|Kingdom: Animalia Phylum: Chordata Class: Aves (Birds) Order: Charadriiformes Family: Laridae|
Arctic Tern (Sterna paradisaea) is a vagrant in India. Size: 33-38 cm
Description: Adults in summer: Similar to Common Terns; tarsi considerably shorter; legs red; bill red, without black tip. Adults in winter: White fore crowns, black on the head being largely confined to nape; bills darker. Immatures: Similar to winter adults but tails shorter.
Breeding: A depression in the turf or sand, sometimes scantily lined with bits of dried eelgrass or other rubbish, and sometimes without a lining; in colonies, usually mixed with Common Terns. In my experience, islands are selected for nesting rather than mainland beach sites. Eggs: 1-2, usually 2; not readily distinguishable from those of the Common Tern.
Remarks: The Arctic Tern is one of the greatest avian travellers. It leaves our shores in autumn for a trans-Atlantic flight to Europe, where it follows the coast southward to its wintering grounds off southern Africa; juveniles continue south to the edge of the Antarctic pack-ice. The recovery of bands from these birds tells amazing stories. A juvenile banded in Maine on 3 July 1913 was found dead on the Niger River Delta in West Africa in August 1917. Another, banded in Labrador as a downy chick on 22 June 1927 was recovered in France on 1 October that year; only three months old, it had flown across more than 5,000 km of ocean. Another banded in Labrador as a chick on 23 July 1928 was found less than four months later on the beach at Margate, Natal, South Africa.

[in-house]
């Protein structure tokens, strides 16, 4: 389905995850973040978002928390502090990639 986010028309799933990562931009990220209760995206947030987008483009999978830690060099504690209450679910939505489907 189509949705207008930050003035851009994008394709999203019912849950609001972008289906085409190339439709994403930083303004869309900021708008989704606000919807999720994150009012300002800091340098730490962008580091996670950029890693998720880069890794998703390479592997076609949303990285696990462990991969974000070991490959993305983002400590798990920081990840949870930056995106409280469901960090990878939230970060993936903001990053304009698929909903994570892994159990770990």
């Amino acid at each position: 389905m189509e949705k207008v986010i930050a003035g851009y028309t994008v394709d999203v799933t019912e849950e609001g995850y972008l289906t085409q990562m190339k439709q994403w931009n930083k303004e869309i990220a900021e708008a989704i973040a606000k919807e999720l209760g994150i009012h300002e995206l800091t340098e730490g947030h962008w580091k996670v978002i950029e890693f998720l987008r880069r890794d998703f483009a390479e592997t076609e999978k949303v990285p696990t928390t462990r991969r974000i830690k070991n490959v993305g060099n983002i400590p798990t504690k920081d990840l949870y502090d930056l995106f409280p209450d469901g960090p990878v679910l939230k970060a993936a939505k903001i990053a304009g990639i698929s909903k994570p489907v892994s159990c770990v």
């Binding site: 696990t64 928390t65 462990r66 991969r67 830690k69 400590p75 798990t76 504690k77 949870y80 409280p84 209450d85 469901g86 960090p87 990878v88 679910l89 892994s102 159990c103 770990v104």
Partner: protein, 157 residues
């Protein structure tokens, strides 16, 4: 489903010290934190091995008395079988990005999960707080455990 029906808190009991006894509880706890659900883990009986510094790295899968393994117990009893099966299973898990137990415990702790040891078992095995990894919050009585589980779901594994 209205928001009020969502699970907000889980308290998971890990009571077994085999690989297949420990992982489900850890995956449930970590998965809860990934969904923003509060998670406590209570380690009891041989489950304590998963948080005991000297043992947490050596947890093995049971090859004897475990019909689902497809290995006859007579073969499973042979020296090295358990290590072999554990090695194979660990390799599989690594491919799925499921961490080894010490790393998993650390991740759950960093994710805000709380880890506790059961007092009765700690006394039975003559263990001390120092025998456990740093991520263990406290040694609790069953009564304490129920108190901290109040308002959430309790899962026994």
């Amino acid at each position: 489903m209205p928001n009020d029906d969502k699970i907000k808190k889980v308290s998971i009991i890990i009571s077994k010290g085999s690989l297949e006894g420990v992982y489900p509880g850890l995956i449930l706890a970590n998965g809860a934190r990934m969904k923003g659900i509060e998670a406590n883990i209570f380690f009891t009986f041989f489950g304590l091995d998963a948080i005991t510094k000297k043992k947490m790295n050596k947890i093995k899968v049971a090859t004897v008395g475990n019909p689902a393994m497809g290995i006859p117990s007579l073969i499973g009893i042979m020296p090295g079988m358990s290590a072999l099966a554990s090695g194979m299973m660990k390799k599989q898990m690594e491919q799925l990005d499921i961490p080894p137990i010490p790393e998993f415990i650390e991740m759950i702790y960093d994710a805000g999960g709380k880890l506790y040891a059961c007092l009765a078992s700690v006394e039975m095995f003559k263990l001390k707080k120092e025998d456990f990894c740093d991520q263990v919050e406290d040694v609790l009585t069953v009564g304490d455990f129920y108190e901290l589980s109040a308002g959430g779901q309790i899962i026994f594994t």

It closely resembles Common and Roseate Terns (distinguishing field marks are cited under those species).